I have just created and am using this blog – is this something that you as a small business owner should consider using? What are the positives and negatives of blogs? What is the commitment required to make the concept useful?
On WordPress.com alone, for example, over 250,000 new blogs were created in the month of July, 2008. Why would any sane person consider creating a new one?!? The reason is that every single new blog is created, or should be, for a very narrow, specific purpose. This would include a specific audience, a specific topic, with a well-defined agenda and business plan model in mind.
A blog (some say short for Web Log) is one of the more useful Web 2.0 interactive technologies introduced in recent years. The person creating and using the blog can use readily available software, at no cost, and begin communicating with the world in an easy to read format in just a few minutes of preparation. WordPress.com and Blogger.com are two of the more prominent providers of the service currently. The only real requirements are an internet provider and an email account (notice we don’t even mention the need of a computer any more – that is simply assumed!). I have chosen Blogger over WordPress because I find it much more creator-friendly, since I am the creator... others will find the added features and complexity of WordPress to their liking.
The interactive aspect of a blog is reflected in the ability of any reader, in turn, to comment back to the writer, virtually as soon as the blog is published on the Internet. Now, not all blogs allow comments, but for our purposes here, we will assume that is an integral part of the reason to have a blog – interactive communications with the audience.
The audience – who is the audience? This is a primary question that needs to be considered; certainly this is very important if the blog is to be an effective marketing tool of any kind. For example, to be useful to the small business owner, a blog could be written to communicate with customers or prospective customers, and to receive feedback on issues of mutual interest. Blogs may seem most natural for a virtual small business – perhaps a business selling on E-Bay, for example. In this environment, one of the things you do know for sure about every customer is their email address. For a blog to be useful, someone must know it is there and able to read it. Sending an email to all customers letting them know the blog has been created and is now available is one way to get a readership started.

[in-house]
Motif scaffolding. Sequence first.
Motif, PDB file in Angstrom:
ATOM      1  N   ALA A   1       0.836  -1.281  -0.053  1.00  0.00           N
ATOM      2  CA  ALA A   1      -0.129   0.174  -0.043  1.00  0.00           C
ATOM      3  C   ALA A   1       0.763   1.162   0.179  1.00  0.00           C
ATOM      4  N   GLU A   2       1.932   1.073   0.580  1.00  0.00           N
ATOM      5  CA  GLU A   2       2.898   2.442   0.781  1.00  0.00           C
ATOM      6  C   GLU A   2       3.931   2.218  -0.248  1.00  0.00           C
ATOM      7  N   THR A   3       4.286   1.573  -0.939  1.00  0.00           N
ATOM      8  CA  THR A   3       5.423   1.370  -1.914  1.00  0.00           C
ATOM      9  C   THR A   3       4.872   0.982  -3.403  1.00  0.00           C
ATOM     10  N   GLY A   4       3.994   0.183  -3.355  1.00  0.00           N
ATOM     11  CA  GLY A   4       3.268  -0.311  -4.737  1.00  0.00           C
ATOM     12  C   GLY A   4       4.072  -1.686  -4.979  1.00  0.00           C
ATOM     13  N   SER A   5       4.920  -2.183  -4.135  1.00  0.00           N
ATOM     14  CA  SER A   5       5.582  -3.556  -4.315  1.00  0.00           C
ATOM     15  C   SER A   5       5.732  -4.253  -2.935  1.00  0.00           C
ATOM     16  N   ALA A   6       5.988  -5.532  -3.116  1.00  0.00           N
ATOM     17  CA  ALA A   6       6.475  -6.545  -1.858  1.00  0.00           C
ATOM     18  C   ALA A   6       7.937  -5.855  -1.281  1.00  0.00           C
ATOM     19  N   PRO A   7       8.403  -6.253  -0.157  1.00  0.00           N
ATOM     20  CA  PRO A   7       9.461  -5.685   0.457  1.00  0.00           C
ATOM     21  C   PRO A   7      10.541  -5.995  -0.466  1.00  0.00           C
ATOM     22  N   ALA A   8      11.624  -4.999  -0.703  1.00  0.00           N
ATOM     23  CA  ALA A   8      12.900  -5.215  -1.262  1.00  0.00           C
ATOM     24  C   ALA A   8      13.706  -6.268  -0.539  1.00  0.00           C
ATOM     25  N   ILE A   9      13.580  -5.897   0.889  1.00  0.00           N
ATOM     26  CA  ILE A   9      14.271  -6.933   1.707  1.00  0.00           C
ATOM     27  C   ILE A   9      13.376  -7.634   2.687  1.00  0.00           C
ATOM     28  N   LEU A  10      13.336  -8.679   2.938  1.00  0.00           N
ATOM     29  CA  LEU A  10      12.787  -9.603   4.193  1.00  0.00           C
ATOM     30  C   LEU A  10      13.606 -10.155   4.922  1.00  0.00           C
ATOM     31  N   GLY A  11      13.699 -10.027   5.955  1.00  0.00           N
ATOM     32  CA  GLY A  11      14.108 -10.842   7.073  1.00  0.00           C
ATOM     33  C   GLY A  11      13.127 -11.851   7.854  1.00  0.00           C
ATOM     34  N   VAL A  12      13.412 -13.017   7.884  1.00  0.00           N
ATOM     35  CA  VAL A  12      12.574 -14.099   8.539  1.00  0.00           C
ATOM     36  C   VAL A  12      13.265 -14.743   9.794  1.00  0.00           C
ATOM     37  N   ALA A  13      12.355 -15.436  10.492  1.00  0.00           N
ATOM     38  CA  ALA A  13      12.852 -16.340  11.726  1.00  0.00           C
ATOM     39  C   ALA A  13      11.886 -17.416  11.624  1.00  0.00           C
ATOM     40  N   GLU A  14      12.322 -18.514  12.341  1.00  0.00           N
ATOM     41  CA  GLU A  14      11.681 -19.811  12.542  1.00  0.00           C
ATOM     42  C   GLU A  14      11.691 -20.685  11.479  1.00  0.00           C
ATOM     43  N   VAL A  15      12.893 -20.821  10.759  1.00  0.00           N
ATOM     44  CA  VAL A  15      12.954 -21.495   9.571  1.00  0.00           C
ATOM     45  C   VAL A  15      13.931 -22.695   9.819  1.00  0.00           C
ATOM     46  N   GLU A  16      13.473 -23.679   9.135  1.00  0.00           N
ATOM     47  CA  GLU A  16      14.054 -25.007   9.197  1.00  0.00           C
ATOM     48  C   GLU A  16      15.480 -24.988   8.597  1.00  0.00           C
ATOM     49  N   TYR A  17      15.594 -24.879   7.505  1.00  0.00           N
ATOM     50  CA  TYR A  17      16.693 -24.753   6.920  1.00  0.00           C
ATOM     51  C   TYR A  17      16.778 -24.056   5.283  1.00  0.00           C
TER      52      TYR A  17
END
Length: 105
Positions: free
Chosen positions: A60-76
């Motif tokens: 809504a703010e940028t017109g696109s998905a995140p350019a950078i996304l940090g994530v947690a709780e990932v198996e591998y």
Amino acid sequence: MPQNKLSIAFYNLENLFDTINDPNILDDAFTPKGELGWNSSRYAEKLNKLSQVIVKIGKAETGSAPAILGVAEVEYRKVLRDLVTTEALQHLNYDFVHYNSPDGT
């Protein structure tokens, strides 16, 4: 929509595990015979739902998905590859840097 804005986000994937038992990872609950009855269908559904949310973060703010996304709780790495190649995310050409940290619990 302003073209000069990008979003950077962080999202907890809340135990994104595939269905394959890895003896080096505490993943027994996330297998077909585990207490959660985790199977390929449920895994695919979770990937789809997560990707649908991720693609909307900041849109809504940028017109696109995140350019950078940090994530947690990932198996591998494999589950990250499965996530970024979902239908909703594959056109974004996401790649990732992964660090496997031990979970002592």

What is the topic of the blog? What is the continuing message that you want to communicate with your readers? To maintain a readership, the blog must provide interesting and useful information at least once a week, for example. This may vary considerably, of course, but the reader needs to know what expectation level to anticipate. You will want to encourage use of the RSS feed notification, of course, but you cannot depend on that. You want your reader to be satisfied when he/she checks back twice a week, or weekly, or biweekly – what ever frequency you have established as an expectation level. The reader will expect to see a new article or set of information or commentary on the specified topic. If you are providing product updates, don’t put up a post on your recent vacation trip – no matter how interesting it was; unless it relates to the expected product update directly.
As the writer, you should have an agenda of at least a half dozen topics to cover, nearly if not completely written, before you open your blog. This way, you are assured of useful information the first several times out for your readers. This also gives you time to continue to “fill your queue” with good, new writing in a timely manner in the future. If you do not have the material information ready to meet this minimum requirement, you would be well advised to wait until you have these before you create and open your blog.
Finally, as a business person, you need to have a business plan model in mind for why you are spending this time, and it does take time, on this particular mode of communications and feedback for your business. Do you have frequent product updates, for example, that your customers need to know about or be aware of? Do accessories only become available on a random basis, and you want to communicate when these occur? Letting your customers know, on a timely basis, when these kind of events occur will improve your revenue and bottom-line directly with new sales at an earlier date than without this communication method, perhaps. But, would a simple mass email do just as well? Do you need to get regular feedback from your customers on a number of different issues over time? If so, the blog may be an excellent way to achieve that interaction, which presumably will increase sales as well as follow-up services. This is also money in the bank.
So, what do you think? Is the blog something that would be useful to you? Why, or why not? What questions do you have? What did I miss that I should have included here? What examples can you provide of how this has, or has not, worked for you, or someone you know? I look forward to “hearing from you” via the comments section, below!
Dr. Bill – I love to share. I hope you do to. ;-)